After a weekend of mulling over the implications of a stock dilution, one would think that a real threat of an equity raise would have trashed PHOT back down to earthly prices. But, one would be wrong.
The following Monday, Feb. 10, and Tuesday, Feb. 11, PHOT hiccuped a bit, but the stock was back on a bullish track by the end of the week, trading back above the pre-announcement share price of 34 cents, to eventually settle at 38 cents at the close of trading on Feb. 14, a week after the announcement.
CBS Market Watch’s Cody Willard stated in his article of Feb. 13, entitled, You’d have to be a dope to buy marijuana stocks, “In the last few months, the marijuana stock hype has really kicked in and there’s a lot of money from mostly retail investors that’s betting big on this sector.”
Including PHOT in his list of mentions, Willard added, “I’m sorry to pop their bubble, but I’m pretty sure there’s going to be a lot of that money lost after this pot stock bubble pops and these dreams of big legal profits from publicly-traded stocks with pun-like and pot-reference symbols.”
PHOT closed at 35 cents on Feb. 13, nearly unchanged from the previous day’s close.
Following the article, and after nearly two weeks of trading, PHOT and other marijuana stocks continued to rise, fueled, presumably, from continued reports of explosive demand creating marijuana shortages in Colorado, as well as updates to state legislators’ initiatives and legislation regarding legalization of marijuana for either medicinal, recreational use, or both.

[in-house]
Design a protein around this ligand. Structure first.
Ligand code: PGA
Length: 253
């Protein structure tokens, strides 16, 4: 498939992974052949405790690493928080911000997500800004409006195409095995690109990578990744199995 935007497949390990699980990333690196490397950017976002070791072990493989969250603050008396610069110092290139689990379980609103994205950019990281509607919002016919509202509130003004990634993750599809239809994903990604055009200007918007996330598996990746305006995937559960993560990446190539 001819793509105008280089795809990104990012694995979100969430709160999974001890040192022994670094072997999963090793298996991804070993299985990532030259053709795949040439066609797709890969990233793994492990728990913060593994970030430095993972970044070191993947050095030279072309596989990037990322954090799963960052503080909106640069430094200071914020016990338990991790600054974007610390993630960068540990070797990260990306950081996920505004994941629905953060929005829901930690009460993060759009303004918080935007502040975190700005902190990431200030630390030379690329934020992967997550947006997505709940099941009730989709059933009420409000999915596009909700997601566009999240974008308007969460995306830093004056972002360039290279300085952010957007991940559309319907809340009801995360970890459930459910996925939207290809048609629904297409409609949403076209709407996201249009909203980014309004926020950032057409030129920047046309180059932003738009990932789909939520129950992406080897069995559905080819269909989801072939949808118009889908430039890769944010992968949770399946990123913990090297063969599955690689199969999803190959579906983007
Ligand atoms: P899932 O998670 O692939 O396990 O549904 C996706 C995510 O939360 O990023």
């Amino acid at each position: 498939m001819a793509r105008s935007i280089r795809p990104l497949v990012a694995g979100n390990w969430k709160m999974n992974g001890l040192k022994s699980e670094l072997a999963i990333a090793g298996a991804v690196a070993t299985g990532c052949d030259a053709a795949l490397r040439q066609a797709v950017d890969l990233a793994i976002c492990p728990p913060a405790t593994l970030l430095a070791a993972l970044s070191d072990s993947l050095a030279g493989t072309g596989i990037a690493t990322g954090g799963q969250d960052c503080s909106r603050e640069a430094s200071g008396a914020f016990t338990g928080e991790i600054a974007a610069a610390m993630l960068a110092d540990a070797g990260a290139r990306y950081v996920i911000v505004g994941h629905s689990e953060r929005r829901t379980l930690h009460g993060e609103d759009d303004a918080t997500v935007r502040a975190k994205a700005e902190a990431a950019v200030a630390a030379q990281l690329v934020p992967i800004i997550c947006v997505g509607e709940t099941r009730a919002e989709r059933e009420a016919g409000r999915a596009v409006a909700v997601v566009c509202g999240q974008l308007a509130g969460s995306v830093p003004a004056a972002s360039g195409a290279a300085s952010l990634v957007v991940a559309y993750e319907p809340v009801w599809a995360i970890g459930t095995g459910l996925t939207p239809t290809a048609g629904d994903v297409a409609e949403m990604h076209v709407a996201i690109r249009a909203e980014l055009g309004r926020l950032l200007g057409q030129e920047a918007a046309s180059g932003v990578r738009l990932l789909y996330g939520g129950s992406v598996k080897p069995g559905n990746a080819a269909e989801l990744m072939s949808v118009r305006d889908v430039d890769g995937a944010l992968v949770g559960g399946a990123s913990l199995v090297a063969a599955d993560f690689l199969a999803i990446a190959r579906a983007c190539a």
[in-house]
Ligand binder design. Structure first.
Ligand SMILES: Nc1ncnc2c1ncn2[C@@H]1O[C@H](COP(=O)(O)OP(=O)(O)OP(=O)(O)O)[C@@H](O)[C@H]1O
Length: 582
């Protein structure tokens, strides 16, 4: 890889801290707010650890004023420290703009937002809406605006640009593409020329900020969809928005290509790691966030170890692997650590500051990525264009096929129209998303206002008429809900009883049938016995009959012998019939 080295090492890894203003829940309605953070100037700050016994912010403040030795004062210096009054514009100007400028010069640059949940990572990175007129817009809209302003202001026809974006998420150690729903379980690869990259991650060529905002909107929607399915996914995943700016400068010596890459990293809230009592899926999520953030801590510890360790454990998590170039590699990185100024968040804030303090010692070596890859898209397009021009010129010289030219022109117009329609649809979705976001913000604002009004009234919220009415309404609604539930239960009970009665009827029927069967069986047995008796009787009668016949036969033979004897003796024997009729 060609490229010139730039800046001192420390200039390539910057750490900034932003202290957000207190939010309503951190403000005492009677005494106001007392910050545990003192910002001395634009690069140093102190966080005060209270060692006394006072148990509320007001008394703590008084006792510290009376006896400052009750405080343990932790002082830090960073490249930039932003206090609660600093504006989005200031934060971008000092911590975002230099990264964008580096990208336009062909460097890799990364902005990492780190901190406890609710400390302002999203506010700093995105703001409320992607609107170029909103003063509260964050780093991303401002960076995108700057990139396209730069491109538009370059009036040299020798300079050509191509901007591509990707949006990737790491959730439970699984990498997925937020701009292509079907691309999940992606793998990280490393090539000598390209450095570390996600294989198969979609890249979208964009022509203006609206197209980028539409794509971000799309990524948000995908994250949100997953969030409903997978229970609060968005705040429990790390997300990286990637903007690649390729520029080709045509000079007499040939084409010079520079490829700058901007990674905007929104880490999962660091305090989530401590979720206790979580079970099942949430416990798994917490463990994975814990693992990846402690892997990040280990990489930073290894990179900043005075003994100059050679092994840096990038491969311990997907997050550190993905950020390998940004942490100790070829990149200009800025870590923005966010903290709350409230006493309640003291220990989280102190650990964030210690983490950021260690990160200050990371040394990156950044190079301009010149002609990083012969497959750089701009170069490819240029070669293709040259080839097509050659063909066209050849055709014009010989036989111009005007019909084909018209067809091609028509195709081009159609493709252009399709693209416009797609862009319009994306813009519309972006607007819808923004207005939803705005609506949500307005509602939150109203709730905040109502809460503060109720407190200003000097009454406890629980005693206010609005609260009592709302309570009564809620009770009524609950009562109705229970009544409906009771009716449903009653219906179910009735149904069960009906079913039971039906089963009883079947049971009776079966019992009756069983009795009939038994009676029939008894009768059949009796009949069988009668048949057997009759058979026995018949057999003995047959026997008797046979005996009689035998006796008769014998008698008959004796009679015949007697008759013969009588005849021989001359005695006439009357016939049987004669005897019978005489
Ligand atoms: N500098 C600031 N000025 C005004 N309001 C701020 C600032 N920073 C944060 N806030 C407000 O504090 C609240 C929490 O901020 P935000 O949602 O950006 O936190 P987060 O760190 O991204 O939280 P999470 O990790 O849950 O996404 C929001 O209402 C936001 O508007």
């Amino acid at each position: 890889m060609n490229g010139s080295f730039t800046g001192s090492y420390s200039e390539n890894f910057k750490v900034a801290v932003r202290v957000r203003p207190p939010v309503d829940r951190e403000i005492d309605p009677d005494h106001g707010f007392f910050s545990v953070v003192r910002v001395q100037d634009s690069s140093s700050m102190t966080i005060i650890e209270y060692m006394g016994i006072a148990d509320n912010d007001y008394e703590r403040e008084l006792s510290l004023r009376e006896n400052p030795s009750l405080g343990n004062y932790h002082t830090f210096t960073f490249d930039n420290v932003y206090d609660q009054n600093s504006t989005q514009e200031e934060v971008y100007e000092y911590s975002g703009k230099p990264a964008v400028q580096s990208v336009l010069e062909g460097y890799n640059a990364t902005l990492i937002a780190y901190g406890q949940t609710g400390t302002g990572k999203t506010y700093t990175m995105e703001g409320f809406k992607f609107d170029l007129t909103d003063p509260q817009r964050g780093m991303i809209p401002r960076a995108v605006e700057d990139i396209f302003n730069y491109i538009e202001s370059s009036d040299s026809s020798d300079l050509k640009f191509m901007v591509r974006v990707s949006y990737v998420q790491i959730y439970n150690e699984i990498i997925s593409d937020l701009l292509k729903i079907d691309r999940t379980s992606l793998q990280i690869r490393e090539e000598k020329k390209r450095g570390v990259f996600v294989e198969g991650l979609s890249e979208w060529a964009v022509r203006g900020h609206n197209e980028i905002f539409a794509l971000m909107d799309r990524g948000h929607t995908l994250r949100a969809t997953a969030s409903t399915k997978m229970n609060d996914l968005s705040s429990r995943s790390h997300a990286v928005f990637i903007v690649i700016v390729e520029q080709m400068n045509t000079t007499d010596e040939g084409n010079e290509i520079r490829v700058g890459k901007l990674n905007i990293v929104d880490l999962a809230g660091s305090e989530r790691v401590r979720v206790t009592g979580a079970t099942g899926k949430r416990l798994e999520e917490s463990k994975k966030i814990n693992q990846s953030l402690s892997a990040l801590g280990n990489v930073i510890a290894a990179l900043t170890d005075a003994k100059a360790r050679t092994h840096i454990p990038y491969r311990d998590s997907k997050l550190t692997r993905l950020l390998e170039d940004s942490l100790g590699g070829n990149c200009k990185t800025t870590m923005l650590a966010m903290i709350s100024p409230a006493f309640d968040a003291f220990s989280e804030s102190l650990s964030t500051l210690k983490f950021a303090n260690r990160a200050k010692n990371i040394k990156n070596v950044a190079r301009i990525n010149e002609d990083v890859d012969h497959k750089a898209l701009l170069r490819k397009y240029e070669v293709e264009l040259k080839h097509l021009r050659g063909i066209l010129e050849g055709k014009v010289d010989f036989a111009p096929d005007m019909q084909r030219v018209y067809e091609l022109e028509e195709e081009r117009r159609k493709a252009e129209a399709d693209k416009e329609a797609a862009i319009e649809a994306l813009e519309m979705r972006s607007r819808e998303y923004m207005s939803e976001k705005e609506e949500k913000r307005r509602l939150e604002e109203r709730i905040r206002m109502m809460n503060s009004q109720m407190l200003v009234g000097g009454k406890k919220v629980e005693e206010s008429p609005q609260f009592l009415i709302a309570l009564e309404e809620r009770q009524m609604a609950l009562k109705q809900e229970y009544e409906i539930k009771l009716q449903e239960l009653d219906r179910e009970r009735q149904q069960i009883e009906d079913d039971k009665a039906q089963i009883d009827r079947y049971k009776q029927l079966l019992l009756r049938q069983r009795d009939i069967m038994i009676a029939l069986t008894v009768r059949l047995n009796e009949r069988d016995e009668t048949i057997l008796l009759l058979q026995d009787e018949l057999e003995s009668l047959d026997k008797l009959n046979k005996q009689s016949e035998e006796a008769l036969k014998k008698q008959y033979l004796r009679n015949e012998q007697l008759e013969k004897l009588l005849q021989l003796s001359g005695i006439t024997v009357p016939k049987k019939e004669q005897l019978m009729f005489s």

On Feb. 26, Market Watch published another Cody Willard article, entitled, Deeper thoughts on bitcoins and marijuana stocks, where he reported on the reaction by investors to his Feb. 13 article.
“A couple weeks ago I wrote an article called, You’d have to be a dope to buy marijuana stocks and boy did it ever hit a nerve,” stated Willard. “So far, that column has generated more than 250 comments, 100s of twitter responses and dozens of Scuttles on Scutify [Willard’s social media scheme] – almost all of them angry, spiteful and/or full of ad hominems.”
Willard added, “The angrier you penny marijuana stock pushers get at me for telling you penny stocks are a scam, the more bearish I get.”
But, in the meantime, the bulls are making a fortune in PHOT.
So, what’s the point of all of these ad hominem attacks against journalists who are bearish, the emotional vitriol, and the madness of crowds as it relates to marijuana stocks, but more specifically in the case of the best of the lot and focus stock of this article, PHOT?
The point is: nothing is new to the nature of human beings.
Traders will take stocks higher without regard to the underlying fundamentals at any given time. Sure, I ascribe to the idea that “marijuana [stocks] will be the single best investment idea of the next decade,” according to Todd Harrison, CEO of Minyanville, but right now, PHOT is defying some serious gravity this early in the game.
“I absolutely believe that price movement patterns are being repeated,” stated Livermore. “They are recurring patterns that appear over and over, with slight variations. This is because markets are driven by humans — and human nature never changes.”
So, what’s the recommendation on my favorite marijuana stock, PHOT?
Hold a stock like PHOT until the market tells you to sell, according to Livermore. “You should have a clear target where to sell if the market moves against you.” And in the case of PHOT, 45 cents may turn out to be a good spot.
If you would like to follow me with my analysis of PHOT and other potentially explosive small-cap stocks, be sure to join the free email list.